You might also want to consider your budgetary requirements in relation to your business needs. In many cases, opting for a SaaS provider can help you achieve your objectives more efficiently than purchasing a platform outright. Many monolithic systems are open-source in nature and only charge minimal maintenance fees.    

When considering a content management system for your sales and marketing requirements, what factors should go into play?

Ease of Use

Choosing the right CMS means getting the platform that makes your job easier. Considering that today’s digital market requires an omnichannel experience, a headless CMS should take precedence over a traditional one. This alone reduces the headache of having to repurpose existing content to fit the formats of other channels and devices.

Ease of use also translates into actual content creation. You should feel at ease working with the controls, so an intuitive interface is a must. Full editing options, including text formatting and preview, are great features to consider.  

Search Engine Optimization

There’s no point in creating content if your audience won’t be able to find it. This is why it’s important to have powerful SEO and readability improvement features on standby.  

These tools track your content and assign a score based on SEO and readability performance. The higher the score, the better for organic search results. Once your content creators develop the habit of achieving high SEO and readability scores, you’ll find your content hovering near the topmost pages of Google’s search engine results.  


If your team is intent on publishing across multiple channels to get the widest coverage, API integration is vital. A headless CMS is also called an API-first CMS, so this type of content management system should take priority over traditional ones.

By opting for an API-first model, you get to separate your content from its eventual formatting. This allows you to always have your content on standby for output to any device or channel.

Some eCommerce platforms also double as a CMS to integrate content with online store management. If you operate online stores or list your products on popular retailer sites, you might want to check out which platforms work best for you in terms of cost and functionality.    


With cybercrime activities projected to cost $10.5 trillion over the next five years, it pays to have your CMS secure from DDoS attacks and other attempts at data theft. Take stock of the security measures present in your planned CMS.

Open-source options carry additional risks due to their open nature. Anybody can download the software and search its inner workings to find vulnerabilities. In many cases, additional security plugins plus password safety practices (long alphanumeric passwords, no repeated instances, etc.) can help deter attacks.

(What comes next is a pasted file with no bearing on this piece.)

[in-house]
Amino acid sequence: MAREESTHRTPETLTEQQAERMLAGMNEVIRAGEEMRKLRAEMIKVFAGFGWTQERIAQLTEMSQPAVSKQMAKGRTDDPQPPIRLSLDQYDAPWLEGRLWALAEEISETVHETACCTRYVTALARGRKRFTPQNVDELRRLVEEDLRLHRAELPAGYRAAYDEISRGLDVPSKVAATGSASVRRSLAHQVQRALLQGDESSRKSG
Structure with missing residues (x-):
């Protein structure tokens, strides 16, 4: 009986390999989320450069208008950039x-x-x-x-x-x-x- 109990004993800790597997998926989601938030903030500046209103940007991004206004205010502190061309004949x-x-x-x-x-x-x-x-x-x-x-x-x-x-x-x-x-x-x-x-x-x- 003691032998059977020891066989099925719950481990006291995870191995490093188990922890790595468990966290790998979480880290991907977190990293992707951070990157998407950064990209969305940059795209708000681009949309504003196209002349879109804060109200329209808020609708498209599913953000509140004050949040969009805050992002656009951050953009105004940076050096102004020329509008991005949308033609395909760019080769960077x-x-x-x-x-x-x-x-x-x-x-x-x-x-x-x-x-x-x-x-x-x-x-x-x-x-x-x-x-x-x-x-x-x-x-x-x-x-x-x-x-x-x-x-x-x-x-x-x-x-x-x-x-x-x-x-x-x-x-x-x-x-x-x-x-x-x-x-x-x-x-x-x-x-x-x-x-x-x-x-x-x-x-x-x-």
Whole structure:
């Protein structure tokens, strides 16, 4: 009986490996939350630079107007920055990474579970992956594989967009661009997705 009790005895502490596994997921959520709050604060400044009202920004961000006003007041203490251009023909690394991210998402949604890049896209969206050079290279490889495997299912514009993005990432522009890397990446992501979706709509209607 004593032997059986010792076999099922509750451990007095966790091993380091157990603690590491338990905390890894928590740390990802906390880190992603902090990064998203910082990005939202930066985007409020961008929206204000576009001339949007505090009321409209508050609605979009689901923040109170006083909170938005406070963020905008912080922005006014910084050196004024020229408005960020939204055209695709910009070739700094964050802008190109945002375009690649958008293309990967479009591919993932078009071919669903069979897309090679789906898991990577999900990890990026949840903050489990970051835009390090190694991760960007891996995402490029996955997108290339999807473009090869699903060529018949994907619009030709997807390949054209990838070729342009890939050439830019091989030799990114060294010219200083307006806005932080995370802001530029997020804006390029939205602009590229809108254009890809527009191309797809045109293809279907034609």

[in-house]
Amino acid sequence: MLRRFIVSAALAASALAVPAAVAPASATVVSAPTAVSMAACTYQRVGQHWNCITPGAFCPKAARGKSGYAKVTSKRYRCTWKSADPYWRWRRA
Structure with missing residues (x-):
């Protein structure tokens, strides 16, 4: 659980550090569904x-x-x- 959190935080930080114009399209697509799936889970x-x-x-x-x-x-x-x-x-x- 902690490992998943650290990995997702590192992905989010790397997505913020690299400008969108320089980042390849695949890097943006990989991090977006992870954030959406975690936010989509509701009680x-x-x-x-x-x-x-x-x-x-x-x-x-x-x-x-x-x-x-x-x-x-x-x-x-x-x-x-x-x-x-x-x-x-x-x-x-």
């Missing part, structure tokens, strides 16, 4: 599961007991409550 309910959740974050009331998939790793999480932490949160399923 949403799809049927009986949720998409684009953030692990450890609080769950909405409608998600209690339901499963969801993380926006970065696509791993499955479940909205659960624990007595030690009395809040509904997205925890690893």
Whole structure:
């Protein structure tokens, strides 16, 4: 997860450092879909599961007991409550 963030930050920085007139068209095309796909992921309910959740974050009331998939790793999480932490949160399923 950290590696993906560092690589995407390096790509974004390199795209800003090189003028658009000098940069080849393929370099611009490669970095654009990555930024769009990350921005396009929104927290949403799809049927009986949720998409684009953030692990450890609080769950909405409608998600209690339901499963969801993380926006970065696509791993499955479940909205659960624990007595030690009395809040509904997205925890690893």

SEO scores are also affected by a platform’s performance. Your choice of CMS can affect page loading times and other metrics that Google uses to measure SEO scores. So, be sure to utilize the latest versions of CMS platforms to avoid getting penalized for slower load speeds.

In addition, see if your chosen CMS is future-proof. New devices and even newer digital channels are always on the horizon, so having software that won’t soon be obsolete is a good idea. The ideal CMS should be ready to integrate with new technology and publish content to newer devices and channels without a hitch.  

Tighten Collaboration Within Sales Teams Through Interactive Presentation Software

Your choice of CMS can significantly impact your digital sales and marketing efforts. Simply getting a content management system off the shelf and expecting a dramatic improvement in your campaigns is a little ambitious. As an organization, you’ll need to invest additional time and effort to learn the ins and outs of your CMS and make it work to your business advantage.  

When creating content in the form of presentations, consider using interactive presentation software that’s also a great content management and collaboration tool. Ingage is cloud-based interactive presentation software that allows you to create highly engaging presentations anytime. For instance, you can add interactive elements throughout your presentation to tell a compelling story. Or make sections come alive by adding interactive buttons that present additional information when clicked.  

With its cloud collaboration capabilities, Ingage lets entire teams work on the same presentation remotely. Once completed, you can send your target audience a link instead of file-heavy copies. Built-in analytics track the viewer’s screen time to identify sections that held the most interest. Ingage will also report on areas that held little interest for the viewer so that creators can make further improvements.

As the leading sales enablement presentation platform, Ingage can transform the way you sell your ideas. Learn why more than 100,000 presentations are created every month using Ingage. Let us help you add interactivity to your conversations. Sign up now for a free demo today!  

No items found.